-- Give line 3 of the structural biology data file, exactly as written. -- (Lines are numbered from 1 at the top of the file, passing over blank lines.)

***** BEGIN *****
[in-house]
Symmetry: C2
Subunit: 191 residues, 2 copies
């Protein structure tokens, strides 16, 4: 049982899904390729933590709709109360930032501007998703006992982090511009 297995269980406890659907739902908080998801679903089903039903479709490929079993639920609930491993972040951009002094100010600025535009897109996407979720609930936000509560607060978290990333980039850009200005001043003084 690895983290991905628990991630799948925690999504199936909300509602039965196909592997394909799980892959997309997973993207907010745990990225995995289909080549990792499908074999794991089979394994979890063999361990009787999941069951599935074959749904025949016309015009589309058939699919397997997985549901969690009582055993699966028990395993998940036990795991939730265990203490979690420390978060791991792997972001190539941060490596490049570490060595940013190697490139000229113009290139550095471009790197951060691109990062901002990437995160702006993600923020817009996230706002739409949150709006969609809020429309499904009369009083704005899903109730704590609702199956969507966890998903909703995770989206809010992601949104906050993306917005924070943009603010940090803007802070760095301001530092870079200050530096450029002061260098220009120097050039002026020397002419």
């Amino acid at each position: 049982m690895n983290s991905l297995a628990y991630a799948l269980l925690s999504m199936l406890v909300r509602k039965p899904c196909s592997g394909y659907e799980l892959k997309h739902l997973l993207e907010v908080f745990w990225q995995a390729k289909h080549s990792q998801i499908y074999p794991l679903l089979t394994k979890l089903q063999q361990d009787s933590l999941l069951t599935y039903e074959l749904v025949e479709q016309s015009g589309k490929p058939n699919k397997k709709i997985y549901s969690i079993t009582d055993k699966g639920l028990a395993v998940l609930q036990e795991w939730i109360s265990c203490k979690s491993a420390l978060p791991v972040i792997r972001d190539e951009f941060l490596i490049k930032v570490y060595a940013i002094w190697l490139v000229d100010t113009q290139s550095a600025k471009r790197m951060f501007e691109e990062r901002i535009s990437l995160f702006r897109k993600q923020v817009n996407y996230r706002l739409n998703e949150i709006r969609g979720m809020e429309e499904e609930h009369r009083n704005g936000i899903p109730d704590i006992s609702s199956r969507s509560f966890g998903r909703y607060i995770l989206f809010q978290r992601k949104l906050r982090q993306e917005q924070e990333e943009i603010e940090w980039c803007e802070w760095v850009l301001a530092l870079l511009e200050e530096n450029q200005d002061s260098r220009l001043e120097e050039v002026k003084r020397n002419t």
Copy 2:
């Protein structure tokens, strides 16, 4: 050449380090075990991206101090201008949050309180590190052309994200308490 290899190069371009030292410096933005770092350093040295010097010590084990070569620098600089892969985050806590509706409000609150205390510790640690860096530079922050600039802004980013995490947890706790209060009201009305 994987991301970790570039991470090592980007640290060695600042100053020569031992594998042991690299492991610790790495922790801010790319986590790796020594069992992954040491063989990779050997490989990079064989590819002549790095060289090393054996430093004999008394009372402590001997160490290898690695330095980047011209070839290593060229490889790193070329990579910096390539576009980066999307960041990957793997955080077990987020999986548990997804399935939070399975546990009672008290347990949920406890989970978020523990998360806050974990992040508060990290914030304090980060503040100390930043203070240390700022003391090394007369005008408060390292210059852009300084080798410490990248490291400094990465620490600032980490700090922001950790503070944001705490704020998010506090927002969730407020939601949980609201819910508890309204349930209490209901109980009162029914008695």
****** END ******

Subunit: 191 residues, 2 copies